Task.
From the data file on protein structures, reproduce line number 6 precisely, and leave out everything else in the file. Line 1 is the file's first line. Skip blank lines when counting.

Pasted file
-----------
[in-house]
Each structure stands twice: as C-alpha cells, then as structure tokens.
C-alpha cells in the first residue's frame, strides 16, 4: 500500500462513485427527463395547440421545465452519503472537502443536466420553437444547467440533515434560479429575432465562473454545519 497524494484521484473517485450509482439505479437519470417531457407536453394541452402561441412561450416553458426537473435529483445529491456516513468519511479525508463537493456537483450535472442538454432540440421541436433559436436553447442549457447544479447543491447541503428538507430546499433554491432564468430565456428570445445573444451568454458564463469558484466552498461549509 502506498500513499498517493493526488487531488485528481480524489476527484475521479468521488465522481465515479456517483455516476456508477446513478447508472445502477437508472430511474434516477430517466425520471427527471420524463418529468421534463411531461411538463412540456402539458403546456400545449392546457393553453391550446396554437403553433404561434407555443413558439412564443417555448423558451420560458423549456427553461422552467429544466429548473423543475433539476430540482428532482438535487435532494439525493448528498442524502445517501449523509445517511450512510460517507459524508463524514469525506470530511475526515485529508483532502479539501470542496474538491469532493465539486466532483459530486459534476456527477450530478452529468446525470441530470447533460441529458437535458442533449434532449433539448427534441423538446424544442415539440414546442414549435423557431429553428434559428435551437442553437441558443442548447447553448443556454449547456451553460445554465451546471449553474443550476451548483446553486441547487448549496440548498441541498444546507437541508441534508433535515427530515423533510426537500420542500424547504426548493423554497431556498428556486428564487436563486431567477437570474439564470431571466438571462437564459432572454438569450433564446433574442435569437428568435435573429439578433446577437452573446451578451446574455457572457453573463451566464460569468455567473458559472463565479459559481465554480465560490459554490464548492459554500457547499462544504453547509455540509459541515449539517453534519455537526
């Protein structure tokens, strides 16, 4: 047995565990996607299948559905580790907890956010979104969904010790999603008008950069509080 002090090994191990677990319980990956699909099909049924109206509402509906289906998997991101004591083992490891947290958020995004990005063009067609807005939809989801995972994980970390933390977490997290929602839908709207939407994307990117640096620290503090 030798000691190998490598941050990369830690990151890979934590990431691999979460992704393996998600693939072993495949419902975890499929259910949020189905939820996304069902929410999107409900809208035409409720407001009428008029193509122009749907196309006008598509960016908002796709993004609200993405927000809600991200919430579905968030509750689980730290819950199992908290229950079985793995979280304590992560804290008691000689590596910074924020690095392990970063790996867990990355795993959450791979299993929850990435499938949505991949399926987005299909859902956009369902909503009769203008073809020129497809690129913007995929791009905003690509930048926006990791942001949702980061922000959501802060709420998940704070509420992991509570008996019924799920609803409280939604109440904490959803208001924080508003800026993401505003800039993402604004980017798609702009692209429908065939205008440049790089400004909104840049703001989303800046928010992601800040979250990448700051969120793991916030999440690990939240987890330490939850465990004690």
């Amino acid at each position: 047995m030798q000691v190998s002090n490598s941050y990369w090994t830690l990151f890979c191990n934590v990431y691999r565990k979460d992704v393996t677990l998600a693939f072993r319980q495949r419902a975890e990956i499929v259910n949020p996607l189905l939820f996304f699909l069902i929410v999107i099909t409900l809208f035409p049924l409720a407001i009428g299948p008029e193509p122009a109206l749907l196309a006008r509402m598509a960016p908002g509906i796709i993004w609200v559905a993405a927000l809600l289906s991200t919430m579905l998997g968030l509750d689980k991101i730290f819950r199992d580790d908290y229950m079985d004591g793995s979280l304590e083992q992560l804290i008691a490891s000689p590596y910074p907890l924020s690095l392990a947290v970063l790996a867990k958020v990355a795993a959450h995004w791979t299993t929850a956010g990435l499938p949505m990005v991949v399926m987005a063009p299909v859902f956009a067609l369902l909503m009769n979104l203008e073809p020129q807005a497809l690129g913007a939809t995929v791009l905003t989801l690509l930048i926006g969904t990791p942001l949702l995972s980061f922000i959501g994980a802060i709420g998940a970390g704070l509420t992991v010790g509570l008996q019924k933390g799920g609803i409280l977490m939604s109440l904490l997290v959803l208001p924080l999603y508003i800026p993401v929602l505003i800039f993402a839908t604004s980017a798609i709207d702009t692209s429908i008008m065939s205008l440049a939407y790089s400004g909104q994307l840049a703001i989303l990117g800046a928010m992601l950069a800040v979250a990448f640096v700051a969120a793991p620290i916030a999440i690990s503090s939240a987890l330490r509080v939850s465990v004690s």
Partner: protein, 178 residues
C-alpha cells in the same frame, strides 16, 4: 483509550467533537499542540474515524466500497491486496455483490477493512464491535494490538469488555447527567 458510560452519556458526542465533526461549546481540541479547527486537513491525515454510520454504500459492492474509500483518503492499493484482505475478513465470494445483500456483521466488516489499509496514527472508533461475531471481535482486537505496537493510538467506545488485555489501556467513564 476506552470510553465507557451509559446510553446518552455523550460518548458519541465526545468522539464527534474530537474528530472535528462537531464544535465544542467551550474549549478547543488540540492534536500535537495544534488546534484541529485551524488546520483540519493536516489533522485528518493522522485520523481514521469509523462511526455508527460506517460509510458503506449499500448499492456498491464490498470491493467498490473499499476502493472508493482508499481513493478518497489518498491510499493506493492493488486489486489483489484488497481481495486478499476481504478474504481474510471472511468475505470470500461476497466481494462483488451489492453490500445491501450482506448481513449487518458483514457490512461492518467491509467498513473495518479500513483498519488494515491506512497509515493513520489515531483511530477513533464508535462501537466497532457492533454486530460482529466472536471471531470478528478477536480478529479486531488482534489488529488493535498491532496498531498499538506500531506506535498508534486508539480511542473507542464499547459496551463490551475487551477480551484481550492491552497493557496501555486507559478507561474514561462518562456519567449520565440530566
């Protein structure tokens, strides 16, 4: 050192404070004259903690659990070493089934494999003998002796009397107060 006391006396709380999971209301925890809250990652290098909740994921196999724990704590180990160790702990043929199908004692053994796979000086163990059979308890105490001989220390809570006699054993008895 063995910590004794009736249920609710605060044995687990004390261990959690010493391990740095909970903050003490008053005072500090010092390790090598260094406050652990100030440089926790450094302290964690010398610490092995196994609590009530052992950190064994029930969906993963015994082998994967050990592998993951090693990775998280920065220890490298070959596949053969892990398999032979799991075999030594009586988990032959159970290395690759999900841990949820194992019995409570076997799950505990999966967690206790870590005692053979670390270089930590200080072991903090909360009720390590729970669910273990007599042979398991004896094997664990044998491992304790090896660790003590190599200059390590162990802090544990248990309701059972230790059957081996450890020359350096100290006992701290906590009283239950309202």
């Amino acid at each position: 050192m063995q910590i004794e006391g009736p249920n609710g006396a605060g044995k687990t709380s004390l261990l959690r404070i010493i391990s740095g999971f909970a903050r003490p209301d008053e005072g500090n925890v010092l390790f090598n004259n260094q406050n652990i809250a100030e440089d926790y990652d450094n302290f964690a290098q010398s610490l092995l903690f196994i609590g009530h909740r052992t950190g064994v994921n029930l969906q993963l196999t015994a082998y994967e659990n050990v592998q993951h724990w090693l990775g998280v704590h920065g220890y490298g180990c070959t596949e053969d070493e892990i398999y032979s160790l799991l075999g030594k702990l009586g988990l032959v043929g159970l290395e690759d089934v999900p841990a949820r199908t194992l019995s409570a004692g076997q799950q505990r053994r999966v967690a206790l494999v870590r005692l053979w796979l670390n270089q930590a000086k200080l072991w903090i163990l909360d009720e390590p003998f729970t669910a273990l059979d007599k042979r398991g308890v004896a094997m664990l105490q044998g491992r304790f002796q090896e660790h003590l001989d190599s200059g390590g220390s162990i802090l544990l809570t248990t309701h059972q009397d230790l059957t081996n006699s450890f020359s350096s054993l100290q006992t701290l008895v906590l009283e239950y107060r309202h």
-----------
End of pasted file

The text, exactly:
Partner: protein, 178 residues